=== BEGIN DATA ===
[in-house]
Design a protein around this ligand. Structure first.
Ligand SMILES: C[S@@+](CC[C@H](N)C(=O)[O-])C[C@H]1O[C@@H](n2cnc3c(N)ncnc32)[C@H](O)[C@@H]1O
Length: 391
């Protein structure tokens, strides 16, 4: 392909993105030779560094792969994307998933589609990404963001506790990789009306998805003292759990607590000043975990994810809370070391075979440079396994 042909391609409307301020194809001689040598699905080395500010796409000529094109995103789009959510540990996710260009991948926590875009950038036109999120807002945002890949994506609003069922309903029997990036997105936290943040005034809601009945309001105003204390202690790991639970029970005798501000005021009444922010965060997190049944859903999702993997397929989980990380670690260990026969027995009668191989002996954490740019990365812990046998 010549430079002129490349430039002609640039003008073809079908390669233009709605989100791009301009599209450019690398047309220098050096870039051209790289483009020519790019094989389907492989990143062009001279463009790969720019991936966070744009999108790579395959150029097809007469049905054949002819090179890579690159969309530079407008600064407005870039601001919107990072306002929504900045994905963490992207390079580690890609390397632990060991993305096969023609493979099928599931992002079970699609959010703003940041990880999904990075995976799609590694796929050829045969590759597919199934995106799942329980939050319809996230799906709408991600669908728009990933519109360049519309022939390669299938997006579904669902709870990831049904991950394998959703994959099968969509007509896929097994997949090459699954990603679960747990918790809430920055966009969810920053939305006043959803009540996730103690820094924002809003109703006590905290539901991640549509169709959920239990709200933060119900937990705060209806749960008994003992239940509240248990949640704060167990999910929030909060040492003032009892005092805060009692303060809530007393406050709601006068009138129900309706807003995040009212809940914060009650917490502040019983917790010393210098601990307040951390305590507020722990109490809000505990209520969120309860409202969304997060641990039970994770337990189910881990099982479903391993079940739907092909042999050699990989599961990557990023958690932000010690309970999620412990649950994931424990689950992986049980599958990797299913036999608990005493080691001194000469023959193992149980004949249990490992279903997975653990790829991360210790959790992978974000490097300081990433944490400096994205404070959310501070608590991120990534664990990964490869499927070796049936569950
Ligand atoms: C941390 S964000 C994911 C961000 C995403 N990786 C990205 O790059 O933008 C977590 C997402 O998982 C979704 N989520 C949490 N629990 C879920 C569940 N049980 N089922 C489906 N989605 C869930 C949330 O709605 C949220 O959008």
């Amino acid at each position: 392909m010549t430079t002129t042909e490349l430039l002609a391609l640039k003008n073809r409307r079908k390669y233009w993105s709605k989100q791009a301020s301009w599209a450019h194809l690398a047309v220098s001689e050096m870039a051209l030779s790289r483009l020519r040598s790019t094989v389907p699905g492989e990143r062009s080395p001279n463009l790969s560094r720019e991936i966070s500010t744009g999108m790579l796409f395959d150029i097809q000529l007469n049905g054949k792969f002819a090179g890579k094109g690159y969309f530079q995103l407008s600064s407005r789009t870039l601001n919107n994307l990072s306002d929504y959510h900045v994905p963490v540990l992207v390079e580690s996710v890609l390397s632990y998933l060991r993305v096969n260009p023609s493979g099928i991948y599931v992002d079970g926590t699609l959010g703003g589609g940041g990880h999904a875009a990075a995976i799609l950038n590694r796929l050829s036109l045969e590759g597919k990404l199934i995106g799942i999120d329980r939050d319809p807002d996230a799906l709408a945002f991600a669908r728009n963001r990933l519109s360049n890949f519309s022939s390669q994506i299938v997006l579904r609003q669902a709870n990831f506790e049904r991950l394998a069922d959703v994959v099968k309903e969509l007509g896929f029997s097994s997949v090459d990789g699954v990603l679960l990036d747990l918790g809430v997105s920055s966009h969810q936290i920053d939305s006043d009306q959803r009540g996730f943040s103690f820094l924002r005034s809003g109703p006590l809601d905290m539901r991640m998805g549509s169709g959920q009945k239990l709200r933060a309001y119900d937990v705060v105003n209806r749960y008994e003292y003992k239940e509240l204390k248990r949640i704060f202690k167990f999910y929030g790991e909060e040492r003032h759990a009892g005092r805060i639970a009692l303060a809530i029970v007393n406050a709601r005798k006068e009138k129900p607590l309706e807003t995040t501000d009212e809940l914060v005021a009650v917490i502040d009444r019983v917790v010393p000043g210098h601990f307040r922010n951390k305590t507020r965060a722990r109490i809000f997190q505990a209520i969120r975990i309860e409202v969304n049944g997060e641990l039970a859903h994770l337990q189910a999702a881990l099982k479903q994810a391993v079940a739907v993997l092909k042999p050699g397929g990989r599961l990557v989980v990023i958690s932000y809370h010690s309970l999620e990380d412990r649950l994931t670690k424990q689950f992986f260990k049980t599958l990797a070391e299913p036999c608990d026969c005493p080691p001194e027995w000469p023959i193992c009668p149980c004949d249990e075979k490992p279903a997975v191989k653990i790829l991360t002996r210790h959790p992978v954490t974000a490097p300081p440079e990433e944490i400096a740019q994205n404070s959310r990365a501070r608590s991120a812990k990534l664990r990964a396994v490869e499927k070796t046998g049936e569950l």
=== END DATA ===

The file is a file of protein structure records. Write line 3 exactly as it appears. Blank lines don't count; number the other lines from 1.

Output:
Ligand SMILES: C[S@@+](CC[C@H](N)C(=O)[O-])C[C@H]1O[C@@H](n2cnc3c(N)ncnc32)[C@H](O)[C@@H]1O